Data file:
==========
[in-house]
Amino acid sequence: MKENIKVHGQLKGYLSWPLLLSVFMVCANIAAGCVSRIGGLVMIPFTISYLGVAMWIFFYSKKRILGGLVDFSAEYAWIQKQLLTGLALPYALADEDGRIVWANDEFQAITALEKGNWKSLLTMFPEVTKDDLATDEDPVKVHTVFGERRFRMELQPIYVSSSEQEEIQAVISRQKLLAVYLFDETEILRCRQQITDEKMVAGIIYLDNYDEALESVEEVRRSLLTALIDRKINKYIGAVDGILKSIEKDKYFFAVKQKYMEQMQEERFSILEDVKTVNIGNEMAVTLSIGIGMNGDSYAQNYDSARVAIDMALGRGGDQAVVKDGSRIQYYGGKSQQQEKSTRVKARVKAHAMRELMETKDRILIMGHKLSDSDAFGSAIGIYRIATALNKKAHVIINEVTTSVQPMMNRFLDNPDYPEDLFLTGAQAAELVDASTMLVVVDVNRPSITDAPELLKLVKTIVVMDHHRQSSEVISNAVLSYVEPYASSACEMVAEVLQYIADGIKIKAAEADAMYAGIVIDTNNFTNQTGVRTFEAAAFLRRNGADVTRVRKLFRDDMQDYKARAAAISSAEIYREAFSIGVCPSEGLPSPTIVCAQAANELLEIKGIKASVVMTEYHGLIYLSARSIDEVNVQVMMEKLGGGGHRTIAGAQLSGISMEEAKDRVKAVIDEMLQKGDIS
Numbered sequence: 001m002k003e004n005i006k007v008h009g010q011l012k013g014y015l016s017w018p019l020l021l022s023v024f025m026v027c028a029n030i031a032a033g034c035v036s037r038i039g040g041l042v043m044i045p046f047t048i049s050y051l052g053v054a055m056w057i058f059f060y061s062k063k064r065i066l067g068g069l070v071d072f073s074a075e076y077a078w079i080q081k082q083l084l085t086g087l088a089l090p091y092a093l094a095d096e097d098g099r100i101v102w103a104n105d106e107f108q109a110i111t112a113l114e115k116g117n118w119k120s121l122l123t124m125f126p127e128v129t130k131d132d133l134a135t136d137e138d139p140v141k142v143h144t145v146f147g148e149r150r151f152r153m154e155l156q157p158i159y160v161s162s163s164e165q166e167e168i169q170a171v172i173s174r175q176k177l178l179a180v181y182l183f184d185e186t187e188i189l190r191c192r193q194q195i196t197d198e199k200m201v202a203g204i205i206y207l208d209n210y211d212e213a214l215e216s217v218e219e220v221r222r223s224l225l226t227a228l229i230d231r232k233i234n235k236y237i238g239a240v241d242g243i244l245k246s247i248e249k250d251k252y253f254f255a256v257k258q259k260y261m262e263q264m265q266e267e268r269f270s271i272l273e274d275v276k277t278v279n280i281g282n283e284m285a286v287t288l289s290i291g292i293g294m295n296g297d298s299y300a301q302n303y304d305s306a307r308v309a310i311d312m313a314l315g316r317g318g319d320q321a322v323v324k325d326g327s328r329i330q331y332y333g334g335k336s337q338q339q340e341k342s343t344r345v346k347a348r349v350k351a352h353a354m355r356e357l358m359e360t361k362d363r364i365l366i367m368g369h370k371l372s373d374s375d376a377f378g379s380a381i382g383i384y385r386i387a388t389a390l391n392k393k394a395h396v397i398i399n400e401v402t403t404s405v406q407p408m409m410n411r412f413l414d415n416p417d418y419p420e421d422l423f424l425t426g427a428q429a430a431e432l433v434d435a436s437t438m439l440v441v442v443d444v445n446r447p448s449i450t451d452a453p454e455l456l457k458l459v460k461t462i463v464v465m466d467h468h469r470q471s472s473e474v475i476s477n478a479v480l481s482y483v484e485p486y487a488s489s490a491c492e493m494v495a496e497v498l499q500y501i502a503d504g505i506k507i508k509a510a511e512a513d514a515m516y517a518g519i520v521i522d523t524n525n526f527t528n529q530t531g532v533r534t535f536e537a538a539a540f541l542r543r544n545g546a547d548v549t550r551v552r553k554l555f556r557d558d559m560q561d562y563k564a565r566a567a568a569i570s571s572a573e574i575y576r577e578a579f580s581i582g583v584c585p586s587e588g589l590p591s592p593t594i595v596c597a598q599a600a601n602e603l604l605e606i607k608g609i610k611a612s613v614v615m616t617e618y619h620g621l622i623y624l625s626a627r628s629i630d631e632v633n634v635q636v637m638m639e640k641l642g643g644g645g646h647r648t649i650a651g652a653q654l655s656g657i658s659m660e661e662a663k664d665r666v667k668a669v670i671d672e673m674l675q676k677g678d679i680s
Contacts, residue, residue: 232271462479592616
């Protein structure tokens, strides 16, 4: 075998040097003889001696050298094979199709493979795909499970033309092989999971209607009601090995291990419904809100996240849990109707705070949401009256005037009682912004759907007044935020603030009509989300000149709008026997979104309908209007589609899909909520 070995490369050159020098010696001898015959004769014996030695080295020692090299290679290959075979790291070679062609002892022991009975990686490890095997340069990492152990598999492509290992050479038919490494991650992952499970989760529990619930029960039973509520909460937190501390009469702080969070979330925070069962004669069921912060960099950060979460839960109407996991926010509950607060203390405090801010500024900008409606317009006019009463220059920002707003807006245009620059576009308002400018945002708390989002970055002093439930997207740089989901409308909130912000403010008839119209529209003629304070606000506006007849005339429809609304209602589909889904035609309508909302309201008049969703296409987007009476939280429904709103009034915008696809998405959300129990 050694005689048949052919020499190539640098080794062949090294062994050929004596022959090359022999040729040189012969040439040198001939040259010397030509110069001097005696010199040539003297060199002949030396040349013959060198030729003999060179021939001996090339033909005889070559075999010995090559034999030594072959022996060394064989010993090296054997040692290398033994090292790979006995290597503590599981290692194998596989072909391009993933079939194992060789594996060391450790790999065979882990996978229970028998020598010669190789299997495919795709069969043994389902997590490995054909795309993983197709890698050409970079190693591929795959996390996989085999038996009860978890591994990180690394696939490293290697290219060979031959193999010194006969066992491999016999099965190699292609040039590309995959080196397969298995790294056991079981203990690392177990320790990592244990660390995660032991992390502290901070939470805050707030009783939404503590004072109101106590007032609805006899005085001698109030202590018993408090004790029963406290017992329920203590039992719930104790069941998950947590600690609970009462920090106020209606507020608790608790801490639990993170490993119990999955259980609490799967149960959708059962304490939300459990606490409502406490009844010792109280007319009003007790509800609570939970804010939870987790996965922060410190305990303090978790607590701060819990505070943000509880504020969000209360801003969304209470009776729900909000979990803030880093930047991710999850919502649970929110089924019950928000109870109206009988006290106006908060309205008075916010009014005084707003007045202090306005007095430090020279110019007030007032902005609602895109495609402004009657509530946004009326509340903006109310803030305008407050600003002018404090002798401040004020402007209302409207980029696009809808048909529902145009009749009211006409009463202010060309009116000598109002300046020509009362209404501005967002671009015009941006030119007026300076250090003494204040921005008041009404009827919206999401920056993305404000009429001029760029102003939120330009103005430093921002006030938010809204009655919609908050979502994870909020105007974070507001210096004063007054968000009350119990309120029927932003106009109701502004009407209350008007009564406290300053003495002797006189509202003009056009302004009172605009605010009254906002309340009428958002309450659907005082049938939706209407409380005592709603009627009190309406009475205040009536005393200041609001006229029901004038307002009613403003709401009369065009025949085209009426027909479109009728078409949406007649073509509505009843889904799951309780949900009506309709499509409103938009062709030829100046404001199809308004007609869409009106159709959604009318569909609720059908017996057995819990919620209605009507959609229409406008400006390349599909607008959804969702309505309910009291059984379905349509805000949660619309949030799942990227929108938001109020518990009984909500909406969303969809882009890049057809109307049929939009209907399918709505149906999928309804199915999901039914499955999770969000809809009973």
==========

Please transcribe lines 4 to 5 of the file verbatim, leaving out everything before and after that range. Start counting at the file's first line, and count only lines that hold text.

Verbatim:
Contacts, residue, residue: 232271462479592616
């Protein structure tokens, strides 16, 4: 075998040097003889001696050298094979199709493979795909499970033309092989999971209607009601090995291990419904809100996240849990109707705070949401009256005037009682912004759907007044935020603030009509989300000149709008026997979104309908209007589609899909909520 070995490369050159020098010696001898015959004769014996030695080295020692090299290679290959075979790291070679062609002892022991009975990686490890095997340069990492152990598999492509290992050479038919490494991650992952499970989760529990619930029960039973509520909460937190501390009469702080969070979330925070069962004669069921912060960099950060979460839960109407996991926010509950607060203390405090801010500024900008409606317009006019009463220059920002707003807006245009620059576009308002400018945002708390989002970055002093439930997207740089989901409308909130912000403010008839119209529209003629304070606000506006007849005339429809609304209602589909889904035609309508909302309201008049969703296409987007009476939280429904709103009034915008696809998405959300129990 050694005689048949052919020499190539640098080794062949090294062994050929004596022959090359022999040729040189012969040439040198001939040259010397030509110069001097005696010199040539003297060199002949030396040349013959060198030729003999060179021939001996090339033909005889070559075999010995090559034999030594072959022996060394064989010993090296054997040692290398033994090292790979006995290597503590599981290692194998596989072909391009993933079939194992060789594996060391450790790999065979882990996978229970028998020598010669190789299997495919795709069969043994389902997590490995054909795309993983197709890698050409970079190693591929795959996390996989085999038996009860978890591994990180690394696939490293290697290219060979031959193999010194006969066992491999016999099965190699292609040039590309995959080196397969298995790294056991079981203990690392177990320790990592244990660390995660032991992390502290901070939470805050707030009783939404503590004072109101106590007032609805006899005085001698109030202590018993408090004790029963406290017992329920203590039992719930104790069941998950947590600690609970009462920090106020209606507020608790608790801490639990993170490993119990999955259980609490799967149960959708059962304490939300459990606490409502406490009844010792109280007319009003007790509800609570939970804010939870987790996965922060410190305990303090978790607590701060819990505070943000509880504020969000209360801003969304209470009776729900909000979990803030880093930047991710999850919502649970929110089924019950928000109870109206009988006290106006908060309205008075916010009014005084707003007045202090306005007095430090020279110019007030007032902005609602895109495609402004009657509530946004009326509340903006109310803030305008407050600003002018404090002798401040004020402007209302409207980029696009809808048909529902145009009749009211006409009463202010060309009116000598109002300046020509009362209404501005967002671009015009941006030119007026300076250090003494204040921005008041009404009827919206999401920056993305404000009429001029760029102003939120330009103005430093921002006030938010809204009655919609908050979502994870909020105007974070507001210096004063007054968000009350119990309120029927932003106009109701502004009407209350008007009564406290300053003495002797006189509202003009056009302004009172605009605010009254906002309340009428958002309450659907005082049938939706209407409380005592709603009627009190309406009475205040009536005393200041609001006229029901004038307002009613403003709401009369065009025949085209009426027909479109009728078409949406007649073509509505009843889904799951309780949900009506309709499509409103938009062709030829100046404001199809308004007609869409009106159709959604009318569909609720059908017996057995819990919620209605009507959609229409406008400006390349599909607008959804969702309505309910009291059984379905349509805000949660619309949030799942990227929108938001109020518990009984909500909406969303969809882009890049057809109307049929939009209907399918709505149906999928309804199915999901039914499955999770969000809809009973």